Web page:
Forty Thousand and Growing! A Used-Book Store Symbolizes a Problem for Publishers

April 2004
by Jan Nathan, Executive Director, PMA

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As I was driving two members of the PMA board of directors to the airport today, we passed a sign relating to one of the items we had been discussing at the meeting we had just finished–used-book sales. The sign said, “Don’t let our size fool you, we have 40,000 Used Books for sale inside this store.”

“Yikes!” was our reaction. This same topic was also discussed at the 2004 AAP annual meeting in Washington, DC, so it’s clear that it’s not just a matter of concern for smaller and independent publishers. It’s a matter of concern for the whole industry.

But what can be done? We all know that when a used book gets sold, we, as publishers, do not see revenue, and our authors do not see revenue. So who does get paid when our used books sell? The previous purchaser, of course, who is now reselling this product, and the bookseller who is acting as an intermediary between buyer and seller. Both get to share additional revenue from our products.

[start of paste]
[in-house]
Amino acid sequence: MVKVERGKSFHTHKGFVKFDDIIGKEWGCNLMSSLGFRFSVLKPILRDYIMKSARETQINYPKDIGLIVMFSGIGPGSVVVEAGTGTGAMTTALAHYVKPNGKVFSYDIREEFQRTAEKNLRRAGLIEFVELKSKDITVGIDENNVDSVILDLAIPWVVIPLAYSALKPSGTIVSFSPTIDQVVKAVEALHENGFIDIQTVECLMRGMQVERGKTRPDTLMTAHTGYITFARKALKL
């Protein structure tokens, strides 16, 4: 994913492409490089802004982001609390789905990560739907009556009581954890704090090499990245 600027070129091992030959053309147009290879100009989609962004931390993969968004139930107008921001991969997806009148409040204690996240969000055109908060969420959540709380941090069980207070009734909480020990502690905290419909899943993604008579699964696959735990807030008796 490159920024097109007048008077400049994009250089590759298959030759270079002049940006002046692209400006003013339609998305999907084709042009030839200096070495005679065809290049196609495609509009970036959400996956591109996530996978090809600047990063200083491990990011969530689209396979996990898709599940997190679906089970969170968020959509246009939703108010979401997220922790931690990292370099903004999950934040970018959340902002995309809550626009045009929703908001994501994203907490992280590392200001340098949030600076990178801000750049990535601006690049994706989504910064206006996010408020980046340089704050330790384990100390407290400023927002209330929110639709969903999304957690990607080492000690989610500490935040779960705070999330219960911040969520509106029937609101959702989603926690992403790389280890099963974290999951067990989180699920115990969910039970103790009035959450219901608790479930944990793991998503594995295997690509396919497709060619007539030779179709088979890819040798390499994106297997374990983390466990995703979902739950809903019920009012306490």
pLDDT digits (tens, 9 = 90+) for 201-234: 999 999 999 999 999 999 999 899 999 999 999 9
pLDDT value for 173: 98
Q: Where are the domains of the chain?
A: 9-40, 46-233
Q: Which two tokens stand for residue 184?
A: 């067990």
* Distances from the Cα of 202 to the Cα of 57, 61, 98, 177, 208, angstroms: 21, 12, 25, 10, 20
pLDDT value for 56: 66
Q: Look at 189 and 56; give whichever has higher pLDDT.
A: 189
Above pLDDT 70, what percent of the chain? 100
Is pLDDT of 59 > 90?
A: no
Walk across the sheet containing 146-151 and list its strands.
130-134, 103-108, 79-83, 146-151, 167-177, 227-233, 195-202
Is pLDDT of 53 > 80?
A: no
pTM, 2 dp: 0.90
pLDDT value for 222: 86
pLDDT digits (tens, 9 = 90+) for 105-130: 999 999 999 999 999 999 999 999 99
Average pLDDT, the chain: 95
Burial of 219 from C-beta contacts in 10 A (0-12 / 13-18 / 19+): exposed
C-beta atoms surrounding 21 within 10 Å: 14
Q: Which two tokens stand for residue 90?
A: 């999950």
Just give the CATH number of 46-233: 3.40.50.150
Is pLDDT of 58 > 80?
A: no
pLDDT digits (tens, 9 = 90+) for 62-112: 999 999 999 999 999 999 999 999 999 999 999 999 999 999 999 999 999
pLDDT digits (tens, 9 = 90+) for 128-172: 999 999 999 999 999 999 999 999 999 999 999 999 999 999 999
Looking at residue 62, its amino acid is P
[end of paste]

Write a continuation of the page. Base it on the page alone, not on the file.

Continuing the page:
Resale of products occurs in other industries too, as we all know. You can resell clothing, for example, at Goodwill, Salvation Army, or other second-hand stores. Many stores of this sort, however, have the clothing donated to them and regularly use it to help needy people. This is not the pattern with books.

Effects on Prices and Profits

Many members have been calling lately to complain about the fact that a title of theirs is for sale at Amazon.com and other…IBPA Members – Click here to view the full article (login required).

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